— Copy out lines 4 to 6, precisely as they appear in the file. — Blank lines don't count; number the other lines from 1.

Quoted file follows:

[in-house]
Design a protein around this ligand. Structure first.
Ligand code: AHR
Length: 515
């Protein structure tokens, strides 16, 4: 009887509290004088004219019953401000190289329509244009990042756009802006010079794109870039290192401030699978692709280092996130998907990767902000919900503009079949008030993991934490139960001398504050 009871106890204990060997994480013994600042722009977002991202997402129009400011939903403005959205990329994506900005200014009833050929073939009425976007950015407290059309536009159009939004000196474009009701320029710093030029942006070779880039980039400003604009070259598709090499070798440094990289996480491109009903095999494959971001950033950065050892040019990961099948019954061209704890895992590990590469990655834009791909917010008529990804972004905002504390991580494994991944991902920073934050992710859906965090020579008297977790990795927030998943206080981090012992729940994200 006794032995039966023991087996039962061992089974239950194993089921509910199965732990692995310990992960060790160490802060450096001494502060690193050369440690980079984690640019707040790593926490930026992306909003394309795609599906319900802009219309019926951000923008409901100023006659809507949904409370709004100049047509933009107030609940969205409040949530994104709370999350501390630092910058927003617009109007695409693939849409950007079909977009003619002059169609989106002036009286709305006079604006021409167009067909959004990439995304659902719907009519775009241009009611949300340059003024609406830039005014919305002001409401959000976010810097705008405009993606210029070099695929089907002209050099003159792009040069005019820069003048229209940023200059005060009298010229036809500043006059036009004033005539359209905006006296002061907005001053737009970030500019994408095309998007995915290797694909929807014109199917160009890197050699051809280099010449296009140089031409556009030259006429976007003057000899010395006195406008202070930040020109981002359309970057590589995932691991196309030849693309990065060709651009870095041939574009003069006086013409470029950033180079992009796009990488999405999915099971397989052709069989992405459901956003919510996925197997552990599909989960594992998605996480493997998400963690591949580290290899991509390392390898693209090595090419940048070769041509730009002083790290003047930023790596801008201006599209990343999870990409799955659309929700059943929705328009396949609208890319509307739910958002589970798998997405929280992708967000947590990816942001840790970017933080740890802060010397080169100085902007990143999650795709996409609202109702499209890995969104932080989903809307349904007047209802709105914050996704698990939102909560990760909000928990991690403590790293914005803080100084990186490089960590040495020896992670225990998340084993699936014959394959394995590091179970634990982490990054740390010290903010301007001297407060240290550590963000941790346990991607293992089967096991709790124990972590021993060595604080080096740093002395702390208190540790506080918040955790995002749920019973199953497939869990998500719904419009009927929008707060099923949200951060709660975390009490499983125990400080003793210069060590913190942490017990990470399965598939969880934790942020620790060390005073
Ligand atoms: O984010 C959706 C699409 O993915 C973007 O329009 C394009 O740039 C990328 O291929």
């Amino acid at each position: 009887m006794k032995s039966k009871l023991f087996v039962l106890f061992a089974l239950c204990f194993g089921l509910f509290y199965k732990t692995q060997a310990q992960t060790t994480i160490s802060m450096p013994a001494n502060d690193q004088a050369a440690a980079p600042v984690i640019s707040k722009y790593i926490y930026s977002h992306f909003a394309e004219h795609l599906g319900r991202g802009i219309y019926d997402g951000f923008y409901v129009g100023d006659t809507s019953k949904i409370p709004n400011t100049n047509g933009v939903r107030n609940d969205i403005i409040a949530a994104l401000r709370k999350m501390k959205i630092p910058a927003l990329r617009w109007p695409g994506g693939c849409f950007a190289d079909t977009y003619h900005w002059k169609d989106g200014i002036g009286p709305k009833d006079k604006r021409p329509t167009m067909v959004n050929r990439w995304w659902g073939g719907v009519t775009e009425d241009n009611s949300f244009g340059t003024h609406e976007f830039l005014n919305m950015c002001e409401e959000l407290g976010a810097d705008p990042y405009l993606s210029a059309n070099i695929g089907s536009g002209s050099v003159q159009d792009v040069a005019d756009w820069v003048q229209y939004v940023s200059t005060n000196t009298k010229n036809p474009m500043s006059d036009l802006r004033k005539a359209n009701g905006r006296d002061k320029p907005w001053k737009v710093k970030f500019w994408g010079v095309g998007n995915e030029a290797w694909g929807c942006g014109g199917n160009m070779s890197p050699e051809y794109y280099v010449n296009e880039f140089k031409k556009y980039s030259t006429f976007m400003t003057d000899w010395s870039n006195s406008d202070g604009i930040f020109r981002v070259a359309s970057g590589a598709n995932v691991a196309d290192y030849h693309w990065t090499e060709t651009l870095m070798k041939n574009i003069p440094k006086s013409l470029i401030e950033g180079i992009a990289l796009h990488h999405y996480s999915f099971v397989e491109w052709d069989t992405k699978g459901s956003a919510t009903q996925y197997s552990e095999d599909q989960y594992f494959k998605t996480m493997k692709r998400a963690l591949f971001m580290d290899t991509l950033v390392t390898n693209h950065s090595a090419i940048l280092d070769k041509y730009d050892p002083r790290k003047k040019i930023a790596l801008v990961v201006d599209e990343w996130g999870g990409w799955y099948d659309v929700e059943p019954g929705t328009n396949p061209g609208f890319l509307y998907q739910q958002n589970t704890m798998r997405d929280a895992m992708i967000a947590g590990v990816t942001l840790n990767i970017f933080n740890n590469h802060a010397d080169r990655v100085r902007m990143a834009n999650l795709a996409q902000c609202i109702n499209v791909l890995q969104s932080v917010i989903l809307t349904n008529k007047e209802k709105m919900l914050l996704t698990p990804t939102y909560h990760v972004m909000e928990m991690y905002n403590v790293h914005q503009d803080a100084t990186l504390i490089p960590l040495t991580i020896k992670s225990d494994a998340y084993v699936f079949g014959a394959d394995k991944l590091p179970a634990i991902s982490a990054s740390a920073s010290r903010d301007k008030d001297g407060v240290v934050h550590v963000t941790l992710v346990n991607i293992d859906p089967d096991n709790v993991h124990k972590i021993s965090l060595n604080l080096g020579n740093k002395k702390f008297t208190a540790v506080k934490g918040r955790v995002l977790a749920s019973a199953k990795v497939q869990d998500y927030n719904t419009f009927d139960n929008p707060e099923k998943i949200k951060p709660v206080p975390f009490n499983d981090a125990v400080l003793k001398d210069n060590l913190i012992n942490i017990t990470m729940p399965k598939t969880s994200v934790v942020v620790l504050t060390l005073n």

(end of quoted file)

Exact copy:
Length: 515
């Protein structure tokens, strides 16, 4: 009887509290004088004219019953401000190289329509244009990042756009802006010079794109870039290192401030699978692709280092996130998907990767902000919900503009079949008030993991934490139960001398504050 009871106890204990060997994480013994600042722009977002991202997402129009400011939903403005959205990329994506900005200014009833050929073939009425976007950015407290059309536009159009939004000196474009009701320029710093030029942006070779880039980039400003604009070259598709090499070798440094990289996480491109009903095999494959971001950033950065050892040019990961099948019954061209704890895992590990590469990655834009791909917010008529990804972004905002504390991580494994991944991902920073934050992710859906965090020579008297977790990795927030998943206080981090012992729940994200 006794032995039966023991087996039962061992089974239950194993089921509910199965732990692995310990992960060790160490802060450096001494502060690193050369440690980079984690640019707040790593926490930026992306909003394309795609599906319900802009219309019926951000923008409901100023006659809507949904409370709004100049047509933009107030609940969205409040949530994104709370999350501390630092910058927003617009109007695409693939849409950007079909977009003619002059169609989106002036009286709305006079604006021409167009067909959004990439995304659902719907009519775009241009009611949300340059003024609406830039005014919305002001409401959000976010810097705008405009993606210029070099695929089907002209050099003159792009040069005019820069003048229209940023200059005060009298010229036809500043006059036009004033005539359209905006006296002061907005001053737009970030500019994408095309998007995915290797694909929807014109199917160009890197050699051809280099010449296009140089031409556009030259006429976007003057000899010395006195406008202070930040020109981002359309970057590589995932691991196309030849693309990065060709651009870095041939574009003069006086013409470029950033180079992009796009990488999405999915099971397989052709069989992405459901956003919510996925197997552990599909989960594992998605996480493997998400963690591949580290290899991509390392390898693209090595090419940048070769041509730009002083790290003047930023790596801008201006599209990343999870990409799955659309929700059943929705328009396949609208890319509307739910958002589970798998997405929280992708967000947590990816942001840790970017933080740890802060010397080169100085902007990143999650795709996409609202109702499209890995969104932080989903809307349904007047209802709105914050996704698990939102909560990760909000928990991690403590790293914005803080100084990186490089960590040495020896992670225990998340084993699936014959394959394995590091179970634990982490990054740390010290903010301007001297407060240290550590963000941790346990991607293992089967096991709790124990972590021993060595604080080096740093002395702390208190540790506080918040955790995002749920019973199953497939869990998500719904419009009927929008707060099923949200951060709660975390009490499983125990400080003793210069060590913190942490017990990470399965598939969880934790942020620790060390005073
Ligand atoms: O984010 C959706 C699409 O993915 C973007 O329009 C394009 O740039 C990328 O291929």